CBR: There is Chinese presence and investment in Mexico, and there are Chinese interests in Mexico. But China's presence is a lot stronger and more politically consequential in other Latin American countries — for example Brazil — than it is in Mexico, for two reasons: First, the Mexican and the Chinese economies still compete a lot more than complement each other. And second, of course, is Mexico's proximity to the United States. There's a certain path dependency with regard to its integration with the United States that is going to be really hard to break.

So if things get really tough and Mexico is forced to take sides, I have no doubt that Mexico will side with the United States.

This interview is part of the GZERO project Global voices on the US election, which you can find in full here.

Carbon has a bad rep, but did you know it's a building block of life? As atoms evolved, carbon trapped in CO2 was freed, giving way to the creation of complex molecules that use photosynthesis to convert carbon to food. Soon after, plants, herbivores, and carnivores began populating the earth and the cycle of life began.

Learn more about how carbon created life on Earth in the second episode of Eni's Story of CO2 series.

As we enter the homestretch of the US presidential election — which is set to be the most contentious, and possibly contested, in generations — Americans are also voting on 35 seats up for grabs in a battle for the control of the Senate. The 100-member body is currently held 53-47 by the Republican Party, but many individual races are wide open, and the Democrats are confident they can flip the upper chamber of Congress.

Either way, the result will have a profound impact not only on domestic policy, but also on US foreign relations and other issues with global reach. Here are a few areas where what US senators decide reverberates well beyond American shores.

More Show less

On September 23, GZERO Media — in partnership with Microsoft and Eurasia Group — gathered global experts to discuss global recovery from the coronavirus pandemic in a livestream panel. Our panel for the discussion Crisis Response & Recovery: Reimagining while Rebuilding, included:

  • Brad Smith, President, Microsoft
  • Ian Bremmer, President and Founder, Eurasia Group & GZERO Media
  • Jeh Johnson, Partner, Paul, Weiss, Rifkind, Wharton & Garrison, LLP and former Secretary of Homeland Security.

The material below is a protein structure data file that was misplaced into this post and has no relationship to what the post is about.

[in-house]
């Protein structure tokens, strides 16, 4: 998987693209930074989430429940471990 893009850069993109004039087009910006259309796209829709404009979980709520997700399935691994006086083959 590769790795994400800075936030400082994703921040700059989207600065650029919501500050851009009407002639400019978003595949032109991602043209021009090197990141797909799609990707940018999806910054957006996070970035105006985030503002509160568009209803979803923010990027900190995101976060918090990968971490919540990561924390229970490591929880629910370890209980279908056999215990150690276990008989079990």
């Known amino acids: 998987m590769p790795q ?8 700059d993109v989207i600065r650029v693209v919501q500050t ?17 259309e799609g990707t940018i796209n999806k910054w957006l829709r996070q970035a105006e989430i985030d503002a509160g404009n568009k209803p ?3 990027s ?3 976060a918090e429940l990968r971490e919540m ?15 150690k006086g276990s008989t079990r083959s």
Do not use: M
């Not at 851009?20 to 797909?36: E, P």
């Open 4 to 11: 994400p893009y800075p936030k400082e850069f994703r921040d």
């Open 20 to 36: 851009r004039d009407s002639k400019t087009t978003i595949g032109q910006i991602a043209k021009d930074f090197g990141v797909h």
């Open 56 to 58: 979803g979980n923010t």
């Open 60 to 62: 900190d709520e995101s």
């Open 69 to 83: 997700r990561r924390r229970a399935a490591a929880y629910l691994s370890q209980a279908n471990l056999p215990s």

• John Frank, Vice President, UN Affairs at Microsoft
  • Susan Glasser, staff writer and Washington columnist, The New Yorker (moderator)

Special appearances by UN Secretary-General António Guterres, European Central Bank chief Christine Lagarde, and comedian/host Trevor Noah.

More Show less

Jon Lieber, who leads Eurasia Group's coverage of political and policy developments in Washington, offers insights on the Supreme Court vacancy:

Will Senate Republicans, who stopped a Supreme Court nomination in 2016, because it was too close to an election, pay a political price for the change in tactics this time around?

Not only do I think they won't pay a political price, I think in many cases, they're going to benefit. Changing the balance of power on the Supreme Court has been a career-long quest for many conservatives and many Republicans. And that's why you've seen so many of them fall in line behind the President's nomination before we even know who it is.

At this point, do Senate Democrats have any hope of stopping President Trump from filling the ninth seat on the Supreme Court?

More Show less

In a special GZERO Media livestream on global response and recovery amid the COVID-19 pandemic, Eurasia Group & GZERO Media president Ian Bremmer discussed the difference between Europe's unified approach to economic stimulus and the deeply divided and political nature of the current conversation in the US. While initial stimulus support was bipartisan, there is little chance of Democrats and Republicans coming together again ahead of the November 3 presidential election. "It's red state versus blue state. President Trump's saying that coronavirus isn't so bad if you take the blue states out. He's president of the blue states, you can't take the blue states out," Bremmer told moderator Susan Glasser of The New Yorker.

UNGA banner

GZEROMEDIA

Subscribe to GZERO Media's Newsletter: Signal

Panel: How will the world recover from COVID-19?

UNGA Livestream